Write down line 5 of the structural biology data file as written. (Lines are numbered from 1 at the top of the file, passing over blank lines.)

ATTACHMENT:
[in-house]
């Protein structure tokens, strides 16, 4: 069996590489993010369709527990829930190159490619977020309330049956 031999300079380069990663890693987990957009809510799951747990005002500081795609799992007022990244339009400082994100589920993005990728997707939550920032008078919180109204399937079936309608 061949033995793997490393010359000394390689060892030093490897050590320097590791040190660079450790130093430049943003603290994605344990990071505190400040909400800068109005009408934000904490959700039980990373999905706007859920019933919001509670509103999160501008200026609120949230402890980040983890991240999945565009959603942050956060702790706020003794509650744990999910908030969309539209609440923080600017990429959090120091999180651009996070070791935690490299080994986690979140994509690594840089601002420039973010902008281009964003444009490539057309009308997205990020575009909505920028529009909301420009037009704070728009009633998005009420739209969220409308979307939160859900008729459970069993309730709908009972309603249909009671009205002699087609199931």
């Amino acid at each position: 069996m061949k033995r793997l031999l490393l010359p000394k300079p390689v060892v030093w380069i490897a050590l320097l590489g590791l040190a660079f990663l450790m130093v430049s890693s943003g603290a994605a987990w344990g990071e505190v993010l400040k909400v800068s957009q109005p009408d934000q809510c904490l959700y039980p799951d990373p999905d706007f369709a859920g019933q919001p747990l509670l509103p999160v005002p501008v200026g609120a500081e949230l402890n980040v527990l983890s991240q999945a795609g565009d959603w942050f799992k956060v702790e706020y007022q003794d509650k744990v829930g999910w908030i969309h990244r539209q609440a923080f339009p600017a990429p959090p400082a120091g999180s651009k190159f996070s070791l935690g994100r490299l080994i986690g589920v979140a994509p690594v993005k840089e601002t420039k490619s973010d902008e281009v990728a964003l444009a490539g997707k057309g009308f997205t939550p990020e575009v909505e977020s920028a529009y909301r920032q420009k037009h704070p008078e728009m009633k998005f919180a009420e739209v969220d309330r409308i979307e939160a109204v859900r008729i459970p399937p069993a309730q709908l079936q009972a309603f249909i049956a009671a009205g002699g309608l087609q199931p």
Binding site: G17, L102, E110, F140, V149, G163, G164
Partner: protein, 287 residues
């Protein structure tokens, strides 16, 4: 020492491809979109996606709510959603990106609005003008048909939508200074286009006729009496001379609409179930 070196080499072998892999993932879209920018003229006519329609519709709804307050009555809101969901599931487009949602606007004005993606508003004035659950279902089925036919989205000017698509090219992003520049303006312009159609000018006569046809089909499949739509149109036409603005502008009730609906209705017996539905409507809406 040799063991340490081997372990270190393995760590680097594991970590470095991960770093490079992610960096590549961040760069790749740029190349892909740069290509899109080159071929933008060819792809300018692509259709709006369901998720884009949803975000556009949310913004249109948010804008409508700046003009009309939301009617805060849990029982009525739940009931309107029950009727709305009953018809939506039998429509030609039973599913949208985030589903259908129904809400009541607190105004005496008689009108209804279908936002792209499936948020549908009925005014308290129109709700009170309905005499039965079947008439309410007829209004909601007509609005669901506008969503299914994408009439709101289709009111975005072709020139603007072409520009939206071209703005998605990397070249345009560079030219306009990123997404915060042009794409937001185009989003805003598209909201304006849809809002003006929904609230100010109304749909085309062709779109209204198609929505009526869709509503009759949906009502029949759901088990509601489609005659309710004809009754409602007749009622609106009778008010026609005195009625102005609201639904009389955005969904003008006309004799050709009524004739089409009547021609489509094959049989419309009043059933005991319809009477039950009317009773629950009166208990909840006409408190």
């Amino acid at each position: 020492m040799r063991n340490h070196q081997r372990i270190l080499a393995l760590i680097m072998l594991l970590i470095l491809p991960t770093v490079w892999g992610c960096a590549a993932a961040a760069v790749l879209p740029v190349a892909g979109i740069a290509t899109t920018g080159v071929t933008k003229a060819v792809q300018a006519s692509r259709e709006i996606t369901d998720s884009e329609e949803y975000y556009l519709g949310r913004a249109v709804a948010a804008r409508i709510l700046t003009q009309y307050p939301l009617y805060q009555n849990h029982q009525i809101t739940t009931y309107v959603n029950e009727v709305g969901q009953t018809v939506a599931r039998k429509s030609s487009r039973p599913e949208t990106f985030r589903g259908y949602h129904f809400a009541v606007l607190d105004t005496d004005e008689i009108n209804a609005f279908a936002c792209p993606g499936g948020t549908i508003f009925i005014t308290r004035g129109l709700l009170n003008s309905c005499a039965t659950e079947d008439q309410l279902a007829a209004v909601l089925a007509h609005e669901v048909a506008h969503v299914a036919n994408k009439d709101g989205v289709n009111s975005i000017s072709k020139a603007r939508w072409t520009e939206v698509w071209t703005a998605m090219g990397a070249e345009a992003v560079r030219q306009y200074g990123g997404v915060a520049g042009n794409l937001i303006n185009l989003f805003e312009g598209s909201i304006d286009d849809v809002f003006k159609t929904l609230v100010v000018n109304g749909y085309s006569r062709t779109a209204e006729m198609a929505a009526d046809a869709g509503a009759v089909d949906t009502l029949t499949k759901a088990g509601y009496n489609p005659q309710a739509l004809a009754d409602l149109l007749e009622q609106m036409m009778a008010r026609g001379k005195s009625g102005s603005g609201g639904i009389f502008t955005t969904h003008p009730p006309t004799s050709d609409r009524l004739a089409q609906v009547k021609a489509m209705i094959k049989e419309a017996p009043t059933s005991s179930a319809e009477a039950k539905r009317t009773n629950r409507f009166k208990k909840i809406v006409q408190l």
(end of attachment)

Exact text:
Partner: protein, 287 residues